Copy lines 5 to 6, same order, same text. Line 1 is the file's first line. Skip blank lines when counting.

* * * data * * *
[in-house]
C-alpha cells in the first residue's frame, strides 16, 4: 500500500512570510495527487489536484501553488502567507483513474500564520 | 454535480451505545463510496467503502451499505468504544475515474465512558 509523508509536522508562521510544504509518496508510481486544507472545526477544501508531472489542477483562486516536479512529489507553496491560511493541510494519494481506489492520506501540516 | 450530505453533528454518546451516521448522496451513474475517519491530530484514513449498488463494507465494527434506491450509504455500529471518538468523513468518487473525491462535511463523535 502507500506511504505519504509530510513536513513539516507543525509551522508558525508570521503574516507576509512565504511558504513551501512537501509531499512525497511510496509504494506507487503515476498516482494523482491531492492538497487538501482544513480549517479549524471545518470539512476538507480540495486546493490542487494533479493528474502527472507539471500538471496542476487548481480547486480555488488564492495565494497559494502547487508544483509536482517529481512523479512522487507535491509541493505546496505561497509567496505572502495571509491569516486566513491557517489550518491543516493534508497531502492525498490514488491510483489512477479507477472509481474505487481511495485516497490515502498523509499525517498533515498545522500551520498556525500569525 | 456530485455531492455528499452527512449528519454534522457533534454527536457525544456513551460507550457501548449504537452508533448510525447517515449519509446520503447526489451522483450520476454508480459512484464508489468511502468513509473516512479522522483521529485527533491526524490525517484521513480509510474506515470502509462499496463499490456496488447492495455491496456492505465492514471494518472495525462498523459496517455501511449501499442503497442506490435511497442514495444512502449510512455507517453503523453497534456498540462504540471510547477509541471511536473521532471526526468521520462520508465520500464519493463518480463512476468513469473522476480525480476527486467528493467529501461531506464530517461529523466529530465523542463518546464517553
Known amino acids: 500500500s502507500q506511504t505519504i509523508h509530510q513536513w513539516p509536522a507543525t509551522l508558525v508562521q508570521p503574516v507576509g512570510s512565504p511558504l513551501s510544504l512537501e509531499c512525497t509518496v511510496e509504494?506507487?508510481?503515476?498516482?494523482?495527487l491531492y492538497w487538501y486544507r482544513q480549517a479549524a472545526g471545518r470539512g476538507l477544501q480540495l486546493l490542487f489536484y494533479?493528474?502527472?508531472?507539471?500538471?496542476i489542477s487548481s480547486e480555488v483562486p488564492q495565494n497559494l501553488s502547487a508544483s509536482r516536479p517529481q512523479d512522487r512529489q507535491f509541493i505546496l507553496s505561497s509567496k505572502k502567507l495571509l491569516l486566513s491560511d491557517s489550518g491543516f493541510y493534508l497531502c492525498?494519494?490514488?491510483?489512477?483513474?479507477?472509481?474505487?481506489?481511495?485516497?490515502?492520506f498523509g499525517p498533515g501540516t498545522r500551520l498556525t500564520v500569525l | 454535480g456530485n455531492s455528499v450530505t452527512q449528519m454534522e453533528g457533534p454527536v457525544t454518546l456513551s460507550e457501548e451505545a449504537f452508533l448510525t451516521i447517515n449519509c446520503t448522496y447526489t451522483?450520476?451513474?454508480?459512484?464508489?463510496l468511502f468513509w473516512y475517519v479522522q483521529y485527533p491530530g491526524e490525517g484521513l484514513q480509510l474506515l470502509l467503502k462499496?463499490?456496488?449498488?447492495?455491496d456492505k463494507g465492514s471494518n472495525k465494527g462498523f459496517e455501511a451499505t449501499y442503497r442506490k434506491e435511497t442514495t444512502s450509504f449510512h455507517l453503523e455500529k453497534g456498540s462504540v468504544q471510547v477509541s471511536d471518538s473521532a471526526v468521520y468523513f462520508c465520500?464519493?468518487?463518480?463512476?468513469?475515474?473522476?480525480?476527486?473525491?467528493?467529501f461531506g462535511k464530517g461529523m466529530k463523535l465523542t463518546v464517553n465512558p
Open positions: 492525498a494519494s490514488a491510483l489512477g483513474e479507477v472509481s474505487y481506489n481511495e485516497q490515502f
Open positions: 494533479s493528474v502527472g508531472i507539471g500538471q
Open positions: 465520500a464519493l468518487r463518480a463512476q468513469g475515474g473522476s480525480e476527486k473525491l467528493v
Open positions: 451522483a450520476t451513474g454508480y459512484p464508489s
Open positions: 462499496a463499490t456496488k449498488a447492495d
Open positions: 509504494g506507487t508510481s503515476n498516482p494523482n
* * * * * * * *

Open positions: 494533479s493528474v502527472g508531472i507539471g500538471q
Open positions: 465520500a464519493l468518487r463518480a463512476q468513469g475515474g473522476s480525480e476527486k473525491l467528493v